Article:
Judge finds cause for arrest in COVID-19 test kits case
By The Star Staff
San Juan Superior Court Judge Iraida Rodríguez Castro found cause Thursday for the arrest of Juan Maldonado de Jesús for his participation in the purchase of rapid COVID-19 tests at the beginning of the pandemic, according to press reports.
The government allegedly tried to buy coronavirus tests for nearly $40 million from inexperienced companies with ties to the New Progressive Party (NPP), according to the reports.
Maldonado de Jesús acknowledged in court that he forged a signature of his partner, the reports said.
The judge found cause for arrest against the former director of the Maritime Transport Authority, for the crimes of falsification, ideological falsification, transfer of false documents, attempted fraud, illegal intervention in government processes for events not related to that charge, but as a legal representative of the company Apex General Contractors, the reports said.
Also, the judge found cause in absentia against businessman Aaron Vick and ordered his arrest.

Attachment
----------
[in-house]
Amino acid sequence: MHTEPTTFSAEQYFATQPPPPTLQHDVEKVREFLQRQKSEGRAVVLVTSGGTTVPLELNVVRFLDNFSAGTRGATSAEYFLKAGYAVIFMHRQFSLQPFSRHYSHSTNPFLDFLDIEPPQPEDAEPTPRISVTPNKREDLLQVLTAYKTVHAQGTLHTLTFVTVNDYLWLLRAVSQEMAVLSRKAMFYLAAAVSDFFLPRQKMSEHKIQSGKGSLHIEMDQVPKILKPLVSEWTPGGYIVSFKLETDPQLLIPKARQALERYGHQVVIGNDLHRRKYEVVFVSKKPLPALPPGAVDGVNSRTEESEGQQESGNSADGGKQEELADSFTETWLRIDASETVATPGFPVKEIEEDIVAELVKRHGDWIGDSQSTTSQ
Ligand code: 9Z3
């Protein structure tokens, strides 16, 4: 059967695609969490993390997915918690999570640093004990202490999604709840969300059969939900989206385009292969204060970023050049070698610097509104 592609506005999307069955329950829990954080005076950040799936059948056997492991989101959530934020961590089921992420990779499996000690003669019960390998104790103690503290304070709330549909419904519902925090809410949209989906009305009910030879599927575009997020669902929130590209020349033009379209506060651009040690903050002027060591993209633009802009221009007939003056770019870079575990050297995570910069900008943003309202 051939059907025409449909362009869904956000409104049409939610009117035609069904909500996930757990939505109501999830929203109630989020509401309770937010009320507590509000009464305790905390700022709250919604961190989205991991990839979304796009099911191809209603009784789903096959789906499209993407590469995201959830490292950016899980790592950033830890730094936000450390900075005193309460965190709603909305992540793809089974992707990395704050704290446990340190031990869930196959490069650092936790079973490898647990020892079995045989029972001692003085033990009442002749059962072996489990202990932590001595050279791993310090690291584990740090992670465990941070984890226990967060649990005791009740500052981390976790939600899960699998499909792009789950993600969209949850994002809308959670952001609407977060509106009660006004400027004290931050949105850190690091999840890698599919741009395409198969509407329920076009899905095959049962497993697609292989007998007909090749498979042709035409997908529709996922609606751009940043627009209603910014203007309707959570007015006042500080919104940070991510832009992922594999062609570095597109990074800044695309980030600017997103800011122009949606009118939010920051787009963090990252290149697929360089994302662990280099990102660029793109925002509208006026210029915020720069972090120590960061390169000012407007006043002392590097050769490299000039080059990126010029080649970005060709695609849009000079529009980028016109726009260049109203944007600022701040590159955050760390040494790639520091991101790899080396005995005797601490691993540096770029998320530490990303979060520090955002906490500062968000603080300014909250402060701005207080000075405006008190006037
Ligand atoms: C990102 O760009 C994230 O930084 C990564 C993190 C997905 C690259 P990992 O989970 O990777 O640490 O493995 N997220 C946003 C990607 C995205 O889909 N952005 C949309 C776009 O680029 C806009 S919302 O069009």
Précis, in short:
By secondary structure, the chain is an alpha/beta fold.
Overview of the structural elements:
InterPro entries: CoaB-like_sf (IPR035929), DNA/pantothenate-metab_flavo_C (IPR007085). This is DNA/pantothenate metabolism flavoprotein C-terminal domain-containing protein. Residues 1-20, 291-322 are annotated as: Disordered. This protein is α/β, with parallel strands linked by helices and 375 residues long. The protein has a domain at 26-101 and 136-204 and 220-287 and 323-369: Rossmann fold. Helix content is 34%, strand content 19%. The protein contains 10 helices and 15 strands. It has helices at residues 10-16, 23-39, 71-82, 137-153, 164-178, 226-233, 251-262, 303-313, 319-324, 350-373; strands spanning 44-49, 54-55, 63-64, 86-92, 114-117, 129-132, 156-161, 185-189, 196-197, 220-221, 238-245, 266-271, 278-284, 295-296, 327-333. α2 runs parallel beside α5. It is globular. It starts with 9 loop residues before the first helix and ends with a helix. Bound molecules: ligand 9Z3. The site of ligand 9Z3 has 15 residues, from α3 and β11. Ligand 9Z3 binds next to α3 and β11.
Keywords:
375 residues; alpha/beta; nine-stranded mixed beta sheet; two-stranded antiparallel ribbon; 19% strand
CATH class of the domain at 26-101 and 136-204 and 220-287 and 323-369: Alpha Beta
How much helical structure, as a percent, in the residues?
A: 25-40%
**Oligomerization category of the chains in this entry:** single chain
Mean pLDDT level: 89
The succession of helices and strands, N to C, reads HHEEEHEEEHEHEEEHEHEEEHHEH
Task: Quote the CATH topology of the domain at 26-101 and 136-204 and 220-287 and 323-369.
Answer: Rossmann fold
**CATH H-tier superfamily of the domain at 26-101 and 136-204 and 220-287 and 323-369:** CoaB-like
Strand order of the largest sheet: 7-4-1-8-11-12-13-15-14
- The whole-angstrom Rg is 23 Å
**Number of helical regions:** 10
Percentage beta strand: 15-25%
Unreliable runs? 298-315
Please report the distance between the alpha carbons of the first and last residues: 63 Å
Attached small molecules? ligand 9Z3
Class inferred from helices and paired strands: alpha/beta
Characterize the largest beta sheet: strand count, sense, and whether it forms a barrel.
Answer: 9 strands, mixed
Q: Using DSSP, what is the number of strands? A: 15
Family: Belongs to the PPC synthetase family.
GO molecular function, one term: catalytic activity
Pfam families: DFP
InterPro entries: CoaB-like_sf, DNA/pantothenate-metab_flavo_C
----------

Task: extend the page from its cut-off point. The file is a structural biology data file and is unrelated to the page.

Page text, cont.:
The men will face criminal charges for the million-dollar purchase of COVID-19 test kits.
“My client has not committed any crime. To be clear,” Maldonado de Jesús’ lawyer, Mayra López Mulero, said Thursday morning before the hearing, in response to questions from the press. “That is our position as defense lawyers, after knowing, in truth, more or less the framework of the facts in an emergency circumstance within the context of a civil legal business that occurred in a very particular circumstance.”
López Mulero added that a “day and a half” ago a document was issued by the Office of the Special Independent Prosecutor Panel (OPFEI by its Spanish initials) in which it was announced that charges would be filed against Maldonado de Jesús, who is also an attorney.
She maintained that she did not know the specifics of the charges against Maldonado de Jesús, who in April of last year, when the story of the attempted purchase of test kits broke, was the attorney of Apex General Builders, which had pledged to deliver one million testing kits from an Australian company before the $38 million contract was canceled, according to an April 16, 2020 Associated Press report.
During the previous government administration, the Health Committee in the island House of Representatives, chaired at that time by NPP Rep. Juan Oscar Morales, investigated the process of failed purchases of COVID-19 tests.
The OPFEI announced Wednesday that criminal charges would be filed in relation to the failed purchase of the tests at the beginning of the coronavirus pandemic.
However, the OPFEI did not say against whom the charges would be filed.